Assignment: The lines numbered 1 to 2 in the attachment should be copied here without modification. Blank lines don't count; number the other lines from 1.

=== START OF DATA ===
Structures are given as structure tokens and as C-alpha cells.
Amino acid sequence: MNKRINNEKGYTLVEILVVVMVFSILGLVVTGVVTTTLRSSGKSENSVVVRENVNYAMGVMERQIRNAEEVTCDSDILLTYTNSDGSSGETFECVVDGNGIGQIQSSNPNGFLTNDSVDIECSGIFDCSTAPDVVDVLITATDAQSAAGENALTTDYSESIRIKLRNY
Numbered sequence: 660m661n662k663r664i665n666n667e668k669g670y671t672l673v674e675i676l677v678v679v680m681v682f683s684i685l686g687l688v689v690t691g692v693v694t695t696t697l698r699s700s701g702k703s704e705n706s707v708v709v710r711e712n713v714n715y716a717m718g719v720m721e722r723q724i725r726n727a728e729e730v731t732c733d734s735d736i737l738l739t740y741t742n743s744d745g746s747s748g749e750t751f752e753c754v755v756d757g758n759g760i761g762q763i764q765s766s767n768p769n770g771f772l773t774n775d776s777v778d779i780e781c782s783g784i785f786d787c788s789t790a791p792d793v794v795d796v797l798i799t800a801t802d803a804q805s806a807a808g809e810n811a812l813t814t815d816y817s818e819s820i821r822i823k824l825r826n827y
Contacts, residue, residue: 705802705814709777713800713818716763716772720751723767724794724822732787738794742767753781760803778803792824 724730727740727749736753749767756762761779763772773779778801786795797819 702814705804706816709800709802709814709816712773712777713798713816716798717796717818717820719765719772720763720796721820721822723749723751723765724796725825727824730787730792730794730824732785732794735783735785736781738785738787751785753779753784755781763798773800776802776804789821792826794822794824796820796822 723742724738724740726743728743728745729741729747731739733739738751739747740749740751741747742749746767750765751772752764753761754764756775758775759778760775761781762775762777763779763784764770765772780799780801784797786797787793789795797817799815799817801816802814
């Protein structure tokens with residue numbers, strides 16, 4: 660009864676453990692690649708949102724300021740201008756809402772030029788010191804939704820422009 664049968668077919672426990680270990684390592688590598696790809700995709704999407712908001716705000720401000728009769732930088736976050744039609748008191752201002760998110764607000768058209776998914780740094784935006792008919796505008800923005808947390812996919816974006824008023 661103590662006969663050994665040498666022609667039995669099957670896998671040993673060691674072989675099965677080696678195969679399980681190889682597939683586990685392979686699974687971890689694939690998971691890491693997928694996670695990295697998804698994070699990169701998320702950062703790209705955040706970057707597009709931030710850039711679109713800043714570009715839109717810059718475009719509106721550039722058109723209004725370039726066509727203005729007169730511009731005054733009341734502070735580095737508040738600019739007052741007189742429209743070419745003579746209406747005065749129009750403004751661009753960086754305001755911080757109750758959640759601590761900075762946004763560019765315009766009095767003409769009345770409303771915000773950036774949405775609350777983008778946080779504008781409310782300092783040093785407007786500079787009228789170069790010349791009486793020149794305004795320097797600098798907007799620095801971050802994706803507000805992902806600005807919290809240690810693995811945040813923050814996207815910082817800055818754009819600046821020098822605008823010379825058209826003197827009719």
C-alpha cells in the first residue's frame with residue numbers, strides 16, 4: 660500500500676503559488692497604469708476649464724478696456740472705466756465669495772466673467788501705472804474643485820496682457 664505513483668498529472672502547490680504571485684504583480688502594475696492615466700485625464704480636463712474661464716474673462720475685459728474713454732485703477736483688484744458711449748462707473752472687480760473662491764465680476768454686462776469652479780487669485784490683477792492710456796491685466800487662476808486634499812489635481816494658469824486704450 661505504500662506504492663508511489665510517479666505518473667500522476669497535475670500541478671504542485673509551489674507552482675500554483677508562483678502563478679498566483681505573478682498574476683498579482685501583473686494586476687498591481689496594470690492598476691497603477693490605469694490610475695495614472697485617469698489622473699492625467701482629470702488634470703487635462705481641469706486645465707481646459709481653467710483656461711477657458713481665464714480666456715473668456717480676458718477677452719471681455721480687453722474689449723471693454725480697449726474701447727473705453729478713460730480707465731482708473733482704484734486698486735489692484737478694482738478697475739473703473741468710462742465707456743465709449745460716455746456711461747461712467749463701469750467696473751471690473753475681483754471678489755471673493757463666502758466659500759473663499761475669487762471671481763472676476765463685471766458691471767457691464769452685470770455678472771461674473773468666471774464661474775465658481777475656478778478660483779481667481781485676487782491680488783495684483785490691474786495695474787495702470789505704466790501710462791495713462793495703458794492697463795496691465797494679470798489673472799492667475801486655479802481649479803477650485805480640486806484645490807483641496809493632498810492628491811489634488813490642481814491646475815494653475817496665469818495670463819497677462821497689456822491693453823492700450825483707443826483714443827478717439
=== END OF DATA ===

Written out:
Structures are given as structure tokens and as C-alpha cells.
Amino acid sequence: MNKRINNEKGYTLVEILVVVMVFSILGLVVTGVVTTTLRSSGKSENSVVVRENVNYAMGVMERQIRNAEEVTCDSDILLTYTNSDGSSGETFECVVDGNGIGQIQSSNPNGFLTNDSVDIECSGIFDCSTAPDVVDVLITATDAQSAAGENALTTDYSESIRIKLRNY